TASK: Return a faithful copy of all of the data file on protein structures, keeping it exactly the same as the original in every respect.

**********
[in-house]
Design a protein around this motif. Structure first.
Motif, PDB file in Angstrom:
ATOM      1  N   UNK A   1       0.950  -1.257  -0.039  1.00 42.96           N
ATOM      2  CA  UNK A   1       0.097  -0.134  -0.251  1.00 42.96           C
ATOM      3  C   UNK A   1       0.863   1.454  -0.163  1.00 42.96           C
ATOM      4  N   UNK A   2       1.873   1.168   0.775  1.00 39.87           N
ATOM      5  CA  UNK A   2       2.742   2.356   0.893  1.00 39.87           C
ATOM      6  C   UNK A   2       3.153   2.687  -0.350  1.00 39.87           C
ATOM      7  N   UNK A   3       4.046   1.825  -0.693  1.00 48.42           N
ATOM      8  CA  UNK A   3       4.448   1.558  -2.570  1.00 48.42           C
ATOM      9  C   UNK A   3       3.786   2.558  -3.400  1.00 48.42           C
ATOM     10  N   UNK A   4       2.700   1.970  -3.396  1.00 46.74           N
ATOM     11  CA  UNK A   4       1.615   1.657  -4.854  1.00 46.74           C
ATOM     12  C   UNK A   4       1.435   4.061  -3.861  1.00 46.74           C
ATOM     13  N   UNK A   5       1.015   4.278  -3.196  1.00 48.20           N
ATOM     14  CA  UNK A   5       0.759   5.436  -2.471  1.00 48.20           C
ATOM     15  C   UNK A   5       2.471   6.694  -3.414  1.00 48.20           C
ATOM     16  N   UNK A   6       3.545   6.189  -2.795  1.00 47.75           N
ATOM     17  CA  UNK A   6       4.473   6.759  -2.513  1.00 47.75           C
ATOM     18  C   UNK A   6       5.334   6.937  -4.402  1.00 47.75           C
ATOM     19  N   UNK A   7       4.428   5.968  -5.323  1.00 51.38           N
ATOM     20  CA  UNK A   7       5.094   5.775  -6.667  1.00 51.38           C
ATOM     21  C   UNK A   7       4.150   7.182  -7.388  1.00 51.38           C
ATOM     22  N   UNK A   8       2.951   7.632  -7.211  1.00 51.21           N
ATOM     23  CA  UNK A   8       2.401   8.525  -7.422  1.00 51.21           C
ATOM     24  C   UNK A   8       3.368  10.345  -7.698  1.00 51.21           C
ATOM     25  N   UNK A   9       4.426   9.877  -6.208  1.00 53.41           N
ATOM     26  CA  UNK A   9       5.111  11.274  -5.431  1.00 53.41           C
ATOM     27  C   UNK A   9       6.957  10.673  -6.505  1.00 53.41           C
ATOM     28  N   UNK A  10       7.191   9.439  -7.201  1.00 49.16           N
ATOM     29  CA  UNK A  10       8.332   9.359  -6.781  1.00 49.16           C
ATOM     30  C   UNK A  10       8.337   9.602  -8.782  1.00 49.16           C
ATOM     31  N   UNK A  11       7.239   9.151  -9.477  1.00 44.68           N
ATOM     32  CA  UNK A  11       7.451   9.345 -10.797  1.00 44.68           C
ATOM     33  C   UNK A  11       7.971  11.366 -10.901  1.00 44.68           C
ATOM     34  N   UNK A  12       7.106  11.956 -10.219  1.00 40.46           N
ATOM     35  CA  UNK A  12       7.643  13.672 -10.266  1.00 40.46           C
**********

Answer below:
[in-house]
Design a protein around this motif. Structure first.
Motif, PDB file in Angstrom:
ATOM      1  N   UNK A   1       0.950  -1.257  -0.039  1.00 42.96           N
ATOM      2  CA  UNK A   1       0.097  -0.134  -0.251  1.00 42.96           C
ATOM      3  C   UNK A   1       0.863   1.454  -0.163  1.00 42.96           C
ATOM      4  N   UNK A   2       1.873   1.168   0.775  1.00 39.87           N
ATOM      5  CA  UNK A   2       2.742   2.356   0.893  1.00 39.87           C
ATOM      6  C   UNK A   2       3.153   2.687  -0.350  1.00 39.87           C
ATOM      7  N   UNK A   3       4.046   1.825  -0.693  1.00 48.42           N
ATOM      8  CA  UNK A   3       4.448   1.558  -2.570  1.00 48.42           C
ATOM      9  C   UNK A   3       3.786   2.558  -3.400  1.00 48.42           C
ATOM     10  N   UNK A   4       2.700   1.970  -3.396  1.00 46.74           N
ATOM     11  CA  UNK A   4       1.615   1.657  -4.854  1.00 46.74           C
ATOM     12  C   UNK A   4       1.435   4.061  -3.861  1.00 46.74           C
ATOM     13  N   UNK A   5       1.015   4.278  -3.196  1.00 48.20           N
ATOM     14  CA  UNK A   5       0.759   5.436  -2.471  1.00 48.20           C
ATOM     15  C   UNK A   5       2.471   6.694  -3.414  1.00 48.20           C
ATOM     16  N   UNK A   6       3.545   6.189  -2.795  1.00 47.75           N
ATOM     17  CA  UNK A   6       4.473   6.759  -2.513  1.00 47.75           C
ATOM     18  C   UNK A   6       5.334   6.937  -4.402  1.00 47.75           C
ATOM     19  N   UNK A   7       4.428   5.968  -5.323  1.00 51.38           N
ATOM     20  CA  UNK A   7       5.094   5.775  -6.667  1.00 51.38           C
ATOM     21  C   UNK A   7       4.150   7.182  -7.388  1.00 51.38           C
ATOM     22  N   UNK A   8       2.951   7.632  -7.211  1.00 51.21           N
ATOM     23  CA  UNK A   8       2.401   8.525  -7.422  1.00 51.21           C
ATOM     24  C   UNK A   8       3.368  10.345  -7.698  1.00 51.21           C
ATOM     25  N   UNK A   9       4.426   9.877  -6.208  1.00 53.41           N
ATOM     26  CA  UNK A   9       5.111  11.274  -5.431  1.00 53.41           C
ATOM     27  C   UNK A   9       6.957  10.673  -6.505  1.00 53.41           C
ATOM     28  N   UNK A  10       7.191   9.439  -7.201  1.00 49.16           N
ATOM     29  CA  UNK A  10       8.332   9.359  -6.781  1.00 49.16           C
ATOM     30  C   UNK A  10       8.337   9.602  -8.782  1.00 49.16           C
ATOM     31  N   UNK A  11       7.239   9.151  -9.477  1.00 44.68           N
ATOM     32  CA  UNK A  11       7.451   9.345 -10.797  1.00 44.68           C
ATOM     33  C   UNK A  11       7.971  11.366 -10.901  1.00 44.68           C
ATOM     34  N   UNK A  12       7.106  11.956 -10.219  1.00 40.46           N
ATOM     35  CA  UNK A  12       7.643  13.672 -10.266  1.00 40.46           C